Summary of story: In November 2011, The National Institute of Health and Clinical Excellence (NICE) updated its clinical guidance to health care professionals regarding caesarean sections. This update helps ensure “every mum-to-be in England and Wales can request [a caesarean birth].” The story examines the case of Leigh East, who had concerns over a vaginal birth due to a pre-existing back injury. She was initially refused a caesarean section (CS), but was allowed the treatment after her own research persuaded her midwife to allow it. East said, “There was a great deal of pressure initially to not plan a caesarean”.

The report continues by covering how women who have had a traumatic experience with natural childbirth in the past should be treated. This includes offering counselling and, ultimately, the option for a caesarean birth if the woman is not reassured. Jenny Clery, Head of Midwifery at Whittington Hospital, said “you shouldn’t force anything on anybody, i.e. go into labour and we’ll see what happens.” The report finishes by stating the new guidelines are there to help women make an inform decision regarding mode of birth (BBC, 2011a).

Discussion of ethical issues: There are many ethical issues surrounding a woman’s choice regarding the mechanism of delivery for her unborn child. Doctors are faced with decisions requiring them to take each case individually, taking a consequentialist approach to each mode of birth, whilst also considering patient autonomy. The Changing Childbirth report (Expert Maternity Group & Cumberlege J., 1993) makes it an explicit right for a woman to be involved in decisions regarding all aspects of her pregnancy and childbirth. Read the rest of this entry »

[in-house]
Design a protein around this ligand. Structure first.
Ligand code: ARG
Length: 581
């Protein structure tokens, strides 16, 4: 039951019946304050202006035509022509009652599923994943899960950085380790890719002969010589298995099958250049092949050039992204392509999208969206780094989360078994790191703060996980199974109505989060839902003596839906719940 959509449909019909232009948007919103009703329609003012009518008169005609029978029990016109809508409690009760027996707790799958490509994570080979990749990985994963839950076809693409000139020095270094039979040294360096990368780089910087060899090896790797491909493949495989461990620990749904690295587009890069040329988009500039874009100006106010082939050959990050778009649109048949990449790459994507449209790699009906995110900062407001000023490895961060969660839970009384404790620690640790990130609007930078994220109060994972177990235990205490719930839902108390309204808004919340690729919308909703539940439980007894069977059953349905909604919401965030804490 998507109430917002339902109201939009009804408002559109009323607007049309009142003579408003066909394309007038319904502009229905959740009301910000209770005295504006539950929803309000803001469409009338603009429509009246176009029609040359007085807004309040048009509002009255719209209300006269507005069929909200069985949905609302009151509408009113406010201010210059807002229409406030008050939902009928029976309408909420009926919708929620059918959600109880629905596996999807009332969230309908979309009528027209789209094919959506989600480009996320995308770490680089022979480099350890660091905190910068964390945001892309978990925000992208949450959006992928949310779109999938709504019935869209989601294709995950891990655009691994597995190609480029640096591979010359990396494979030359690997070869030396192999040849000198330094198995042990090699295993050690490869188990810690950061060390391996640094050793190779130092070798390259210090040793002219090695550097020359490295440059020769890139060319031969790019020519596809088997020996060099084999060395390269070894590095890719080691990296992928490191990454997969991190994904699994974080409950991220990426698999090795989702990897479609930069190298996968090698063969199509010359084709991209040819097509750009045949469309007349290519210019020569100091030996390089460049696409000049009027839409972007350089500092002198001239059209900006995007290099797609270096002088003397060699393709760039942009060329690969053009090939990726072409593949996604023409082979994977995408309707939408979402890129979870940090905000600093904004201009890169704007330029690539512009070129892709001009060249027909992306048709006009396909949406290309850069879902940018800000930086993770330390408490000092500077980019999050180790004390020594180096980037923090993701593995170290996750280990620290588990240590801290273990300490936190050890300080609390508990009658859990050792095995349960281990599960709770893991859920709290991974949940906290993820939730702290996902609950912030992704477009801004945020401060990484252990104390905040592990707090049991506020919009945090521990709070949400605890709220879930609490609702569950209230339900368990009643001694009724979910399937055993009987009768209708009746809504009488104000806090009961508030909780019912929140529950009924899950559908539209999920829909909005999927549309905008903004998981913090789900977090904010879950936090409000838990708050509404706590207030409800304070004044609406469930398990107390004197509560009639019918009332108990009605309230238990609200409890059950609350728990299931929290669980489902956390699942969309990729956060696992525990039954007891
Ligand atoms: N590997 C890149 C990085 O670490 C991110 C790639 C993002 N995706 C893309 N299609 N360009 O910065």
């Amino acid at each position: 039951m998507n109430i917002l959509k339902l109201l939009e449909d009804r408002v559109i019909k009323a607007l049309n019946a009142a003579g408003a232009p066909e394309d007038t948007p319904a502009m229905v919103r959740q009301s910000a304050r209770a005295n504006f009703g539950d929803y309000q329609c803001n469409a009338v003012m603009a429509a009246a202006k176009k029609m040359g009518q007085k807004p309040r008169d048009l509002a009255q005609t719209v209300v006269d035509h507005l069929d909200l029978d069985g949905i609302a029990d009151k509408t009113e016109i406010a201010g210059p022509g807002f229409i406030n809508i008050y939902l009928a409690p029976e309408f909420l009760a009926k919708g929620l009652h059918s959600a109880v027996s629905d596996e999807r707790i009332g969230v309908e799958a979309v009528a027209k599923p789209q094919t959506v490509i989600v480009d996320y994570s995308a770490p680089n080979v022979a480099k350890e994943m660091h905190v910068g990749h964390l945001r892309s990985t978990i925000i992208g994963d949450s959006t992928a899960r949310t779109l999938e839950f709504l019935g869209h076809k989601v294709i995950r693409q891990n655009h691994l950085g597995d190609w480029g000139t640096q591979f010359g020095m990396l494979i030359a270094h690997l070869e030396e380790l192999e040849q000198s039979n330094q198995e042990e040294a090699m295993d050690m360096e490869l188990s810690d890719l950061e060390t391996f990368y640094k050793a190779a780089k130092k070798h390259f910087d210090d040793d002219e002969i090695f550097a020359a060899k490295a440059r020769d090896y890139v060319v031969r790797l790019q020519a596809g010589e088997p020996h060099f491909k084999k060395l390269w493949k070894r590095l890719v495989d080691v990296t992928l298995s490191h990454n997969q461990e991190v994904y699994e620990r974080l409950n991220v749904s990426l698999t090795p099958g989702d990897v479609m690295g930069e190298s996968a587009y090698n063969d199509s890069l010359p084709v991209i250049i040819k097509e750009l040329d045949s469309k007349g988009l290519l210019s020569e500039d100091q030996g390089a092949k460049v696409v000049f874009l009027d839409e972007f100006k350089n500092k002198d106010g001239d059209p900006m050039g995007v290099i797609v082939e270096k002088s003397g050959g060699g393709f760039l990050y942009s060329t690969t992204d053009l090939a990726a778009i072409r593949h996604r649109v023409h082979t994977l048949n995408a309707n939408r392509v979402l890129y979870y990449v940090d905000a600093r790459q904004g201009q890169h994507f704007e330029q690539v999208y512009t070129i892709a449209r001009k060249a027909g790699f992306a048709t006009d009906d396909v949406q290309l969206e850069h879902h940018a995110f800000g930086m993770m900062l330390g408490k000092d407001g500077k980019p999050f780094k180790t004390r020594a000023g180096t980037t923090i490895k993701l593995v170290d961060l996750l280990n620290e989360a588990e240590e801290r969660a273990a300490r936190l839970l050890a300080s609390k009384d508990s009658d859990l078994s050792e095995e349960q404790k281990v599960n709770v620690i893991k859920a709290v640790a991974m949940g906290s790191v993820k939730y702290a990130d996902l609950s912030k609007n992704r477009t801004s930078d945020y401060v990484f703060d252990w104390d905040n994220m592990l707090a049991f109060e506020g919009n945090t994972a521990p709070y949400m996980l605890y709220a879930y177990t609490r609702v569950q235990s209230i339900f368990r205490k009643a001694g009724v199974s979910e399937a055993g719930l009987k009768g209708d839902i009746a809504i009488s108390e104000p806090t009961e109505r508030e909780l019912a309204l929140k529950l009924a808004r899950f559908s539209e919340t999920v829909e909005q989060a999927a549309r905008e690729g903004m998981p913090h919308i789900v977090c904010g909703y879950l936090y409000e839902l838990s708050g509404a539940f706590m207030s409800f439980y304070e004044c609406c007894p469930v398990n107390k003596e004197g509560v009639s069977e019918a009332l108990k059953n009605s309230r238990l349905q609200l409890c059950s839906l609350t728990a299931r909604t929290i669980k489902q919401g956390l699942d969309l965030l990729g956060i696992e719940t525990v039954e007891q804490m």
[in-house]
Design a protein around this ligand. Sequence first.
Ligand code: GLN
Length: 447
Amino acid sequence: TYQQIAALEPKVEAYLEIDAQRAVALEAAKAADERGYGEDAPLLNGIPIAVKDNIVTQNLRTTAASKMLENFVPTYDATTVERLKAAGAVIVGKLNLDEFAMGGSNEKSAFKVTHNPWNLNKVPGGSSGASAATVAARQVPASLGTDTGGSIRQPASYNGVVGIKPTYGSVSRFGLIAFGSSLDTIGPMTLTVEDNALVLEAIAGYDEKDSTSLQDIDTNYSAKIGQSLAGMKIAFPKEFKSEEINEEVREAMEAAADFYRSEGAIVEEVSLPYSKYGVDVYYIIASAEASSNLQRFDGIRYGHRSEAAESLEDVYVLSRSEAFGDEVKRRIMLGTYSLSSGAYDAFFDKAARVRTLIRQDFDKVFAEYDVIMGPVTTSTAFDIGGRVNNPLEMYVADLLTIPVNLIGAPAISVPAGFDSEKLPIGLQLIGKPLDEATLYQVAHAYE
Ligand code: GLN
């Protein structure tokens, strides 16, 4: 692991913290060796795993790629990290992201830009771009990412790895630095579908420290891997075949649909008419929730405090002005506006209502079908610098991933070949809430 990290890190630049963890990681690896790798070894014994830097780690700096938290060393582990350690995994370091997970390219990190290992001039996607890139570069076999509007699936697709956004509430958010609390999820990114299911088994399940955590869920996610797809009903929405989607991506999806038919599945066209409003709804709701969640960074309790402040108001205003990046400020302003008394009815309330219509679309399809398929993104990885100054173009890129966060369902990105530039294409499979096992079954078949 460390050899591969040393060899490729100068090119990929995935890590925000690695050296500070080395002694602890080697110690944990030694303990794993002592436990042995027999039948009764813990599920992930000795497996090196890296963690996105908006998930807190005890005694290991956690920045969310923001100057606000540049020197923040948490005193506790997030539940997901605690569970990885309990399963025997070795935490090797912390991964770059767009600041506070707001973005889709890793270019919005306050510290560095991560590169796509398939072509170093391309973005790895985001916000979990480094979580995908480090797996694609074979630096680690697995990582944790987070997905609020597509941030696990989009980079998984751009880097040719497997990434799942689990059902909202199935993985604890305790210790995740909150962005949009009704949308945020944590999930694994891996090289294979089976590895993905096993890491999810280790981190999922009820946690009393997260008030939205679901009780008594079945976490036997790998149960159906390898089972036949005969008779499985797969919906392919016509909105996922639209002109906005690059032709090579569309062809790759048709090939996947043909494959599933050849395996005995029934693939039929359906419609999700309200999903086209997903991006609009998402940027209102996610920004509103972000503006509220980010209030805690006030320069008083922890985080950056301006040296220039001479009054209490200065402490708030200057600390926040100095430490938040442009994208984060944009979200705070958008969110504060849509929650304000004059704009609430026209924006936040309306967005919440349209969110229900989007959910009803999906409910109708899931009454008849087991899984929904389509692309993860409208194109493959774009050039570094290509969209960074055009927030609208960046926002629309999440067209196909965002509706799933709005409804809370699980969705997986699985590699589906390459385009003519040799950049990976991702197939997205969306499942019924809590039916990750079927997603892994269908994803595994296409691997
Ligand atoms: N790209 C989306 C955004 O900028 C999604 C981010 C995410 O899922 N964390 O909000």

Headline Bioethics: Cut out by the NHS

January 4, 2013

[A printable version of this Headline Bioethics Commentary is available via this link]

Author: Arnold GangaidzoNHSrationingmedium

Clip: NHS obesity surgery court bid lost

Date of story: 27th July 2011

Summary of story: In July 2011 Tom Condliff, a 22-stone man lost his Court of Appeal case for a life-saving gastric bypass operation which had a detrimental impact on his family life and mental well-being (BBC, 2011a). The North Staffordshire primary care trust (PCT) refused to fund the procedure arguing that he failed to fulfil their IFR (individual funding response) policy and his body mass index (BMI) of 43 was below their threshold. He claimed the main reason he gained weight stemmed from drugs that he took for long term diabetes and the procedure was the best solution in order to prolong his life. In August 2011, subsequent to the events in this story, the PCT reviewed his case again and decided to fund his procedure as they now saw his case as an exceptional circumstance (BBC, 2011b). After having the operation, Condliff was reported to have lost six stone (Doward, 2012).